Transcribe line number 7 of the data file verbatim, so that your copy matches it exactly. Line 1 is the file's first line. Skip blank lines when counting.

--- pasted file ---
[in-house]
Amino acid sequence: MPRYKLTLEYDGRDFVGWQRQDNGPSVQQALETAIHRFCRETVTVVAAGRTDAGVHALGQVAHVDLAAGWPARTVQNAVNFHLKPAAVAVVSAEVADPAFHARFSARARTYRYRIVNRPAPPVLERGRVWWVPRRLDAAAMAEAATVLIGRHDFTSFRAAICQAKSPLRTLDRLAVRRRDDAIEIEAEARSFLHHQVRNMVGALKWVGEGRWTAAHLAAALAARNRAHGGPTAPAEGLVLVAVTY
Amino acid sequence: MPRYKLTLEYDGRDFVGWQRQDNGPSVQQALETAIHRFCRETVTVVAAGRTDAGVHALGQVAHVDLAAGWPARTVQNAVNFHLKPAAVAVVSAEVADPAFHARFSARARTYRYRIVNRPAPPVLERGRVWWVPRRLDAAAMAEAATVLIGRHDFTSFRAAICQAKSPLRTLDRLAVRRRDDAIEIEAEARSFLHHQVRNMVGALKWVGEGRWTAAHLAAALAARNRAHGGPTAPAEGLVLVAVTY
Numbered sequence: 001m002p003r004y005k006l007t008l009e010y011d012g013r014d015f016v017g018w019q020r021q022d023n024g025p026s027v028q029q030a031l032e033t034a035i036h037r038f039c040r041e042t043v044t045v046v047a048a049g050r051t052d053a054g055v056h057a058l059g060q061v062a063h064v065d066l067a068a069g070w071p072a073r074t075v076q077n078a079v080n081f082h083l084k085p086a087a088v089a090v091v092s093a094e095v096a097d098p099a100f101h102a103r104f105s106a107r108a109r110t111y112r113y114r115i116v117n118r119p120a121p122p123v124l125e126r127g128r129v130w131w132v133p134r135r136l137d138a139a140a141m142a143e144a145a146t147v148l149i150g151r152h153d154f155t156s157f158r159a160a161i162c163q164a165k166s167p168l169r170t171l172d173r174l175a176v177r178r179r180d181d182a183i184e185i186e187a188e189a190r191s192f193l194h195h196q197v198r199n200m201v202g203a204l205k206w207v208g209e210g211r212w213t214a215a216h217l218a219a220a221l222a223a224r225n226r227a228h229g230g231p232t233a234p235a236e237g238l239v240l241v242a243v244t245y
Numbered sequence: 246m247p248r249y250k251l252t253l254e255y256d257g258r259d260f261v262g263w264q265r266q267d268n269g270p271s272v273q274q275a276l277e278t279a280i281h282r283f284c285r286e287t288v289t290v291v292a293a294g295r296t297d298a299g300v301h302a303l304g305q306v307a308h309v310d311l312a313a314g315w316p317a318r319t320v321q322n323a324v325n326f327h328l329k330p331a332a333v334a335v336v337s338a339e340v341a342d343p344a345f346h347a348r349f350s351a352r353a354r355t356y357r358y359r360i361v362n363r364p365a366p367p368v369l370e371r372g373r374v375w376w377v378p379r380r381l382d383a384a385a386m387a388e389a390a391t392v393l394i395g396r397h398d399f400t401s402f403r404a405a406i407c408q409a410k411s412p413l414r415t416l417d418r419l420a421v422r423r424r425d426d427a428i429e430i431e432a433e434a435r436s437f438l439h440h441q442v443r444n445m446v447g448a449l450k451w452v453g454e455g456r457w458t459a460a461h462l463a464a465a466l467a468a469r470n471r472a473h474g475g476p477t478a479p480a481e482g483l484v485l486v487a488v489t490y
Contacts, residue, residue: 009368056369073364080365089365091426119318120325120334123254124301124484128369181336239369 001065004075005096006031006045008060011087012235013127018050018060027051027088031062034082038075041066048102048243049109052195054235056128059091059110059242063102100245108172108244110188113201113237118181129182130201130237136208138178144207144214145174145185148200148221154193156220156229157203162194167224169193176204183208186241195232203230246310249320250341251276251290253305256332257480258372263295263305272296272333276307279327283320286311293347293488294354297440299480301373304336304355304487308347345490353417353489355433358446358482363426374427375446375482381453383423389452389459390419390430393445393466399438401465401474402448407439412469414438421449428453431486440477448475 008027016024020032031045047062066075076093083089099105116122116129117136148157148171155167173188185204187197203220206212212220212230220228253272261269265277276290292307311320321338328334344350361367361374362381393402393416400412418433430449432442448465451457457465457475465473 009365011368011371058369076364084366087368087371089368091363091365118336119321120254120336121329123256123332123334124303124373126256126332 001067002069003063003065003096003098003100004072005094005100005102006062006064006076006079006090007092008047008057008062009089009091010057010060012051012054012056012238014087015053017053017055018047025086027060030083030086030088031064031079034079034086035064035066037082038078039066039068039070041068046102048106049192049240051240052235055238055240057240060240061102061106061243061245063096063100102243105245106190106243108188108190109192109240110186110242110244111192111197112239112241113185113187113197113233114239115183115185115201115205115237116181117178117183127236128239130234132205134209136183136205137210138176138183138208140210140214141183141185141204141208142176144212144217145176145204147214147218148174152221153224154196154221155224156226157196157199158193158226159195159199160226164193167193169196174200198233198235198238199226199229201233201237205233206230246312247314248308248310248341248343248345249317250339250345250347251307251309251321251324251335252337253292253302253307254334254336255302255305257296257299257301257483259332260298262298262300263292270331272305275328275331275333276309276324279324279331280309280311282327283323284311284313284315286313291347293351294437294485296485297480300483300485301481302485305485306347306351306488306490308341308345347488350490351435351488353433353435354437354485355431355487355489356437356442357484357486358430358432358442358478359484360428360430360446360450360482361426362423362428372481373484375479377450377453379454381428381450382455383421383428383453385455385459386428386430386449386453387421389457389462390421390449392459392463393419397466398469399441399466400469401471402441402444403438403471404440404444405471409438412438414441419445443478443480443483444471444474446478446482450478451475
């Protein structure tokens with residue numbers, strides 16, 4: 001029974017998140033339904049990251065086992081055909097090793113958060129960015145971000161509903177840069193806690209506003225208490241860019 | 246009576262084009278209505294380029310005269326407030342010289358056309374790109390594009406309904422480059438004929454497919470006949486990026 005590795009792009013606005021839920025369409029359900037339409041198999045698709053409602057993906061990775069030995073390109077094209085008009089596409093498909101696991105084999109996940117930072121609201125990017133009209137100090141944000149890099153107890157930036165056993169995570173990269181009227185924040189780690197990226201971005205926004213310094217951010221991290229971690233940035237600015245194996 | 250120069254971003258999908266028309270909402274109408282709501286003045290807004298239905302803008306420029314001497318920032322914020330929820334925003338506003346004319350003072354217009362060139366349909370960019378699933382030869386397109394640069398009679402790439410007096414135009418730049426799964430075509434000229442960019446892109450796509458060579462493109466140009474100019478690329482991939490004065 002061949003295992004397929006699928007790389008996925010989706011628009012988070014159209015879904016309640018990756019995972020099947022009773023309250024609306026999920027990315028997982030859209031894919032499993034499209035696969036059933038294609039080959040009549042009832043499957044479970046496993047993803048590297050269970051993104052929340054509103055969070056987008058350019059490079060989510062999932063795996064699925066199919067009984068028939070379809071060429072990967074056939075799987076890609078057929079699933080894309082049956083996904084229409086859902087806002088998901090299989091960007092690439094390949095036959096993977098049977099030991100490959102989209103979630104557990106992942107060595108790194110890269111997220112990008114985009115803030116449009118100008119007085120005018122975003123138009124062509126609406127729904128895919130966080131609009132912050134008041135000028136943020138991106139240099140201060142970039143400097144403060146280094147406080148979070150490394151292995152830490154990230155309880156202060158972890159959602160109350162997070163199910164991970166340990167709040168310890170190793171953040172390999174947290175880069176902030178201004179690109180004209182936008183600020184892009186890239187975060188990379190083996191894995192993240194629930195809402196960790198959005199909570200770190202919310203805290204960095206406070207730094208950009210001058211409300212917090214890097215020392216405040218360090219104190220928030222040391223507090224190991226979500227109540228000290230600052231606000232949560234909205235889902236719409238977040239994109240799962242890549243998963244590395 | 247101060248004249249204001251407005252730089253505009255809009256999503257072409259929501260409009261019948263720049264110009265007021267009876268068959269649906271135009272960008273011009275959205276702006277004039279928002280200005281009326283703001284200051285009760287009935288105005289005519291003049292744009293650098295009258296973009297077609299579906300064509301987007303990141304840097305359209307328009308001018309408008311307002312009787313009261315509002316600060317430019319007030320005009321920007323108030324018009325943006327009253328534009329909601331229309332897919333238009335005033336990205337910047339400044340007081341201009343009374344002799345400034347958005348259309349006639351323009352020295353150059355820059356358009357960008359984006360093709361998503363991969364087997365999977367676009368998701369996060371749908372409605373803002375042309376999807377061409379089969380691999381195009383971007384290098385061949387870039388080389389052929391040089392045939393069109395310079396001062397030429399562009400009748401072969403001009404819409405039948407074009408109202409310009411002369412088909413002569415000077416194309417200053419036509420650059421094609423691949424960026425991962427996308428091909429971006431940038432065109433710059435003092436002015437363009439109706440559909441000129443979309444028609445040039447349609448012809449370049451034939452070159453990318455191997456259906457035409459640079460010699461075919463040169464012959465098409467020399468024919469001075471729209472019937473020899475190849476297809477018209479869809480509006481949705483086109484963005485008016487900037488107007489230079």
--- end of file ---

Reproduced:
């Protein structure tokens with residue numbers, strides 16, 4: 001029974017998140033339904049990251065086992081055909097090793113958060129960015145971000161509903177840069193806690209506003225208490241860019 | 246009576262084009278209505294380029310005269326407030342010289358056309374790109390594009406309904422480059438004929454497919470006949486990026 005590795009792009013606005021839920025369409029359900037339409041198999045698709053409602057993906061990775069030995073390109077094209085008009089596409093498909101696991105084999109996940117930072121609201125990017133009209137100090141944000149890099153107890157930036165056993169995570173990269181009227185924040189780690197990226201971005205926004213310094217951010221991290229971690233940035237600015245194996 | 250120069254971003258999908266028309270909402274109408282709501286003045290807004298239905302803008306420029314001497318920032322914020330929820334925003338506003346004319350003072354217009362060139366349909370960019378699933382030869386397109394640069398009679402790439410007096414135009418730049426799964430075509434000229442960019446892109450796509458060579462493109466140009474100019478690329482991939490004065 002061949003295992004397929006699928007790389008996925010989706011628009012988070014159209015879904016309640018990756019995972020099947022009773023309250024609306026999920027990315028997982030859209031894919032499993034499209035696969036059933038294609039080959040009549042009832043499957044479970046496993047993803048590297050269970051993104052929340054509103055969070056987008058350019059490079060989510062999932063795996064699925066199919067009984068028939070379809071060429072990967074056939075799987076890609078057929079699933080894309082049956083996904084229409086859902087806002088998901090299989091960007092690439094390949095036959096993977098049977099030991100490959102989209103979630104557990106992942107060595108790194110890269111997220112990008114985009115803030116449009118100008119007085120005018122975003123138009124062509126609406127729904128895919130966080131609009132912050134008041135000028136943020138991106139240099140201060142970039143400097144403060146280094147406080148979070150490394151292995152830490154990230155309880156202060158972890159959602160109350162997070163199910164991970166340990167709040168310890170190793171953040172390999174947290175880069176902030178201004179690109180004209182936008183600020184892009186890239187975060188990379190083996191894995192993240194629930195809402196960790198959005199909570200770190202919310203805290204960095206406070207730094208950009210001058211409300212917090214890097215020392216405040218360090219104190220928030222040391223507090224190991226979500227109540228000290230600052231606000232949560234909205235889902236719409238977040239994109240799962242890549243998963244590395 | 247101060248004249249204001251407005252730089253505009255809009256999503257072409259929501260409009261019948263720049264110009265007021267009876268068959269649906271135009272960008273011009275959205276702006277004039279928002280200005281009326283703001284200051285009760287009935288105005289005519291003049292744009293650098295009258296973009297077609299579906300064509301987007303990141304840097305359209307328009308001018309408008311307002312009787313009261315509002316600060317430019319007030320005009321920007323108030324018009325943006327009253328534009329909601331229309332897919333238009335005033336990205337910047339400044340007081341201009343009374344002799345400034347958005348259309349006639351323009352020295353150059355820059356358009357960008359984006360093709361998503363991969364087997365999977367676009368998701369996060371749908372409605373803002375042309376999807377061409379089969380691999381195009383971007384290098385061949387870039388080389389052929391040089392045939393069109395310079396001062397030429399562009400009748401072969403001009404819409405039948407074009408109202409310009411002369412088909413002569415000077416194309417200053419036509420650059421094609423691949424960026425991962427996308428091909429971006431940038432065109433710059435003092436002015437363009439109706440559909441000129443979309444028609445040039447349609448012809449370049451034939452070159453990318455191997456259906457035409459640079460010699461075919463040169464012959465098409467020399468024919469001075471729209472019937473020899475190849476297809477018209479869809480509006481949705483086109484963005485008016487900037488107007489230079």